Russian grain production to jump 60 per cent by 2030


AUSTRALIAN grain growers can expect greater competition from Russia in the world market.

According to a new report on Russia’s grain industry by the Australian Export Grains Innovation Centre, Russian grain exports are expected to increase by 60 per cent from 2015 to 2030.

AEGIC has forecast Russian wheat exports to jump 50 per cent from 21.7 million tonnes last year to 32.5 million tonnes in 2030.

Corn exports will almost triple in volume from 3.6 million tonnes to 9.7 million tonnes over the same period, while barley shipments are expected to rise a modest 20 per cent to 5.6 million tonnes.

“There is minimal overlap among Australia and Russia’s top 20 wheat customers, which have historically been the product of geography and ocean freight costs,” the report said.

“However, Russia is gradually exporting more wheat into Australia’s key South-East Asian markets.

“Russia has identified Morocco, Indonesia, the Philippines, South Korea, China and Algeria as important sources of future demand.

“Aside from Morocco, all these would be considered key Australian markets of ongoing or future importance.”

The AEGIC report said most of the extra Russian grain would come from yield improvement and potential expansion of cropping areas.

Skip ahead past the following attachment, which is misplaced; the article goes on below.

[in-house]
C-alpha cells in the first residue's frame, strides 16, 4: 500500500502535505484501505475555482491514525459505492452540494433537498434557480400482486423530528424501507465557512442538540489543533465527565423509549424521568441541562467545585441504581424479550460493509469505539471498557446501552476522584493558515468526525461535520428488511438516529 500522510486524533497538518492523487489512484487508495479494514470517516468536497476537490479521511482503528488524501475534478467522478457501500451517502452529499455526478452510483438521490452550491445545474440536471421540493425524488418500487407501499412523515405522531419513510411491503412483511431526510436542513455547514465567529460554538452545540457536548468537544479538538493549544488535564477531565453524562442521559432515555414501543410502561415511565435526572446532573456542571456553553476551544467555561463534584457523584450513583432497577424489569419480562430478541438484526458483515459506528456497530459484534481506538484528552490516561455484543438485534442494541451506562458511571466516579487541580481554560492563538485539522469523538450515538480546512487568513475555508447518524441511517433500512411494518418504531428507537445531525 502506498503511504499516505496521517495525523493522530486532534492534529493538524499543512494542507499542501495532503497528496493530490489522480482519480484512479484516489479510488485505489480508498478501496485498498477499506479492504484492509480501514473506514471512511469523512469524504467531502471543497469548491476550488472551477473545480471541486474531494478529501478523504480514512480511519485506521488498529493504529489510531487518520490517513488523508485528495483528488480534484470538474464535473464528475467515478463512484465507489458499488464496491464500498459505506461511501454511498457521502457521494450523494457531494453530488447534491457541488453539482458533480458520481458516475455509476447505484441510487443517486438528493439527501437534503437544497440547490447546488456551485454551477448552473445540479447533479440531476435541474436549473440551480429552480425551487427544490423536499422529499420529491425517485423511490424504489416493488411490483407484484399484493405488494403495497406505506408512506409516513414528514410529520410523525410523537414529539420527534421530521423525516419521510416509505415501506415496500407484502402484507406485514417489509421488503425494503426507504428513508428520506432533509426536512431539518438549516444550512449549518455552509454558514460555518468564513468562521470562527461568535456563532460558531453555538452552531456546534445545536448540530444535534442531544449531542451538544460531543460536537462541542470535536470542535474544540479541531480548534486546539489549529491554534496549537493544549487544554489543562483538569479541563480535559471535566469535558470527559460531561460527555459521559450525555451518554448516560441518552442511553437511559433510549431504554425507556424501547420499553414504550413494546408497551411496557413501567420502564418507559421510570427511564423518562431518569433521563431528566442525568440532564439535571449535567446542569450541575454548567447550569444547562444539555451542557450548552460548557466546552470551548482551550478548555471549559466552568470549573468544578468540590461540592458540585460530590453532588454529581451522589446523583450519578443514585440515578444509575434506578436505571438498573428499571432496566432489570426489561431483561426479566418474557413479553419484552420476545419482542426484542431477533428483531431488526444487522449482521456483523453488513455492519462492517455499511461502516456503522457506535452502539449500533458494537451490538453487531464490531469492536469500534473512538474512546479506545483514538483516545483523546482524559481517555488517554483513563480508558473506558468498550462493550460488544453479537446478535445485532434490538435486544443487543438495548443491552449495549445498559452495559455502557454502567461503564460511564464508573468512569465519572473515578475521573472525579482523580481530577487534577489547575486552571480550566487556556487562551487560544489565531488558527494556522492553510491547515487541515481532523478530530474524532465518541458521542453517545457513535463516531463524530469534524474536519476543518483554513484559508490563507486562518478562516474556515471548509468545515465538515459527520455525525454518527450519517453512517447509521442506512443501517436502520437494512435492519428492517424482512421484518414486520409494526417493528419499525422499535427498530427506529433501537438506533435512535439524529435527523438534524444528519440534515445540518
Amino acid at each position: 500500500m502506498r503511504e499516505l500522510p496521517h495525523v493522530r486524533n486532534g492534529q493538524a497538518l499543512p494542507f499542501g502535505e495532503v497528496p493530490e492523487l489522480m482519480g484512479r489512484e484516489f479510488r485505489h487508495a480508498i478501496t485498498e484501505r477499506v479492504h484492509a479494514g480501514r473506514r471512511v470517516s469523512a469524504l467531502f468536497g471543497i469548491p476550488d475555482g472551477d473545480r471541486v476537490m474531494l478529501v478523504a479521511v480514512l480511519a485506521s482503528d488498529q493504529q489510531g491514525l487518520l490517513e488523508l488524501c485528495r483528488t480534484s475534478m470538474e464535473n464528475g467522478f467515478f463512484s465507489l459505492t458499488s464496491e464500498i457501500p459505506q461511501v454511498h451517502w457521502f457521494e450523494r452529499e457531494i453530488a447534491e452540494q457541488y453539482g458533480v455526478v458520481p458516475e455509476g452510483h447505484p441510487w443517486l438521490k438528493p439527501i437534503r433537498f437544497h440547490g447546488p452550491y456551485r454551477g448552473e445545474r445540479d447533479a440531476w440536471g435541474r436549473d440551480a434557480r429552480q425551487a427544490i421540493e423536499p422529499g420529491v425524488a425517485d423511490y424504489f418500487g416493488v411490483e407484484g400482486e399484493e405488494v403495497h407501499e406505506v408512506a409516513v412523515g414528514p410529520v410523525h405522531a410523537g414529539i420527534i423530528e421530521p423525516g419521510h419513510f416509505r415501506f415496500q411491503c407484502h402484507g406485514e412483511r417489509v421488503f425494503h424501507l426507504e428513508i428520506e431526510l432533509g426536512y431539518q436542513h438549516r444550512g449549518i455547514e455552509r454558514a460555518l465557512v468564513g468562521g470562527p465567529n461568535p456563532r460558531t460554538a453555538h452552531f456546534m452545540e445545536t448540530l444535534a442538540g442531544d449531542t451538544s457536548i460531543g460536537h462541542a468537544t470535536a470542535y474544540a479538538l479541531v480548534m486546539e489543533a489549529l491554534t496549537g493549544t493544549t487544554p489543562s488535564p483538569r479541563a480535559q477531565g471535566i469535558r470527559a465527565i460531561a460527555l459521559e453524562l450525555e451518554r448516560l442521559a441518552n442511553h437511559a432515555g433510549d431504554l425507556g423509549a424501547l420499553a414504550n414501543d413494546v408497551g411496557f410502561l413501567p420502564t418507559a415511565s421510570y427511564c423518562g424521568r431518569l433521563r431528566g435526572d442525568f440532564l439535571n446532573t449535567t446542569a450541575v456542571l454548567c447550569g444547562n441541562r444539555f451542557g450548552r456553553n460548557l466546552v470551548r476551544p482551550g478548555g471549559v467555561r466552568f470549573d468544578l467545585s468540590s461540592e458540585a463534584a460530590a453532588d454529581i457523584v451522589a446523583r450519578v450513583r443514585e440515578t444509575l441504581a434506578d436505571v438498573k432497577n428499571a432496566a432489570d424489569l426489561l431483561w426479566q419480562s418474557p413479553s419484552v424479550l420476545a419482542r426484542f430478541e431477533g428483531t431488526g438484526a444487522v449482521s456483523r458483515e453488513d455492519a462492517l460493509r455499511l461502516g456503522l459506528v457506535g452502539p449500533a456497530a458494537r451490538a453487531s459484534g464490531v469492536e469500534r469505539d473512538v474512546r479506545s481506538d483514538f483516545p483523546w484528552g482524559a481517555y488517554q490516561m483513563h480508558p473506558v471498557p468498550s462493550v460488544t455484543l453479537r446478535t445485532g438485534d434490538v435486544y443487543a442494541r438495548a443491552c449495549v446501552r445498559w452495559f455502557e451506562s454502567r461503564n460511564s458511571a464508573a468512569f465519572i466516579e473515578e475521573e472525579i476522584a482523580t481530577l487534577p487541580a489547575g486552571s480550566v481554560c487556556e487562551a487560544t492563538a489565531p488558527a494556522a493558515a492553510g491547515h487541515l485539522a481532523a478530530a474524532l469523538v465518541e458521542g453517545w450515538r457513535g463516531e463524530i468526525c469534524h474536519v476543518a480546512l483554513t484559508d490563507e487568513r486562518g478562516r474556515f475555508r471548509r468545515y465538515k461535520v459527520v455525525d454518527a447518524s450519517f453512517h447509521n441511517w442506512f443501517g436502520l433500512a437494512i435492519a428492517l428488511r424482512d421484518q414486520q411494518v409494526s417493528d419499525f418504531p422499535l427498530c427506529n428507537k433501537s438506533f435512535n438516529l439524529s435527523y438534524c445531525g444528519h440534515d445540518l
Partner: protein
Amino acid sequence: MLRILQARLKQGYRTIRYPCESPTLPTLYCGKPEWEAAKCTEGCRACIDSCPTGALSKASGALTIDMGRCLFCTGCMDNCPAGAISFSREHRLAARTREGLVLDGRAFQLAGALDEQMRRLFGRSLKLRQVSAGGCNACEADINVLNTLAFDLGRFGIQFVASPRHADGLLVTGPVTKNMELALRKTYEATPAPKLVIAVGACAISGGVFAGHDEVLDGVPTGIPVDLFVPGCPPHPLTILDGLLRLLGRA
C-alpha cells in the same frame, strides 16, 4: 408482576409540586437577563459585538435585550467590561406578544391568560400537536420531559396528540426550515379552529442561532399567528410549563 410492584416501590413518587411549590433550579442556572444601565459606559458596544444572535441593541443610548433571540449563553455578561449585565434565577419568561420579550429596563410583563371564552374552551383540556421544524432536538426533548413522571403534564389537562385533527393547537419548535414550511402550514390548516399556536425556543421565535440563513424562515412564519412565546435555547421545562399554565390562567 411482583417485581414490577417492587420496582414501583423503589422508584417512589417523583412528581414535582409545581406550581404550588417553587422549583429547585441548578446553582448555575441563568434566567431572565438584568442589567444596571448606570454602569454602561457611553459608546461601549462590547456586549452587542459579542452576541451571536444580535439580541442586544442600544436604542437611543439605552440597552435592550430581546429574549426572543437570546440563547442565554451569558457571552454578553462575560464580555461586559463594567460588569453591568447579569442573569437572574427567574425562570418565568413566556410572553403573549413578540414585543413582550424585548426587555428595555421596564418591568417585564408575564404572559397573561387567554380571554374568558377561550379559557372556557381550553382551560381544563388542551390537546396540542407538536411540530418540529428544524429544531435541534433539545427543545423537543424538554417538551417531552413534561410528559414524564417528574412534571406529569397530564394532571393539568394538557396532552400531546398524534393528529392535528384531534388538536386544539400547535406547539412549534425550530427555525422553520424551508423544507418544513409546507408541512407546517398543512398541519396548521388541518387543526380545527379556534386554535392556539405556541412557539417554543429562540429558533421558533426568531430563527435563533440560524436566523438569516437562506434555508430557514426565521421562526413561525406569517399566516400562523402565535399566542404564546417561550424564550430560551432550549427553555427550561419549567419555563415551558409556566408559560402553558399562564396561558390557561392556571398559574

It said Russian wheat yields were low compared to other exporting nations — other than Australia — and its government had already begun reforming its agricultural research centres which should see better productivity gains in the industry.

Russia’s arable land area was two and a half times that of Australia and there were significant reserves of land, which could be planted to crops.

AEGIC said Russian Government policy during the past decade demonstrated a clear focus on improving food security, self-sufficiency and food affordability.

“However, the economic downturn since 2014, caused by falling energy prices and Western sanctions over Russia’s annexation of Crimea, has seen a small but important reweighting of these priorities as the government also looks to agriculture as a future source of economic prosperity,” it said.

“Increased grain production and exports from Russia are likely to lead to increased competition in Australia’s key grain markets and ultimately, lower farmgate prices for grain and a reduced incidence of Russian policy-induced price spikes.”

Readers choice: TOP-5 articles of the month by UkrAgroConsult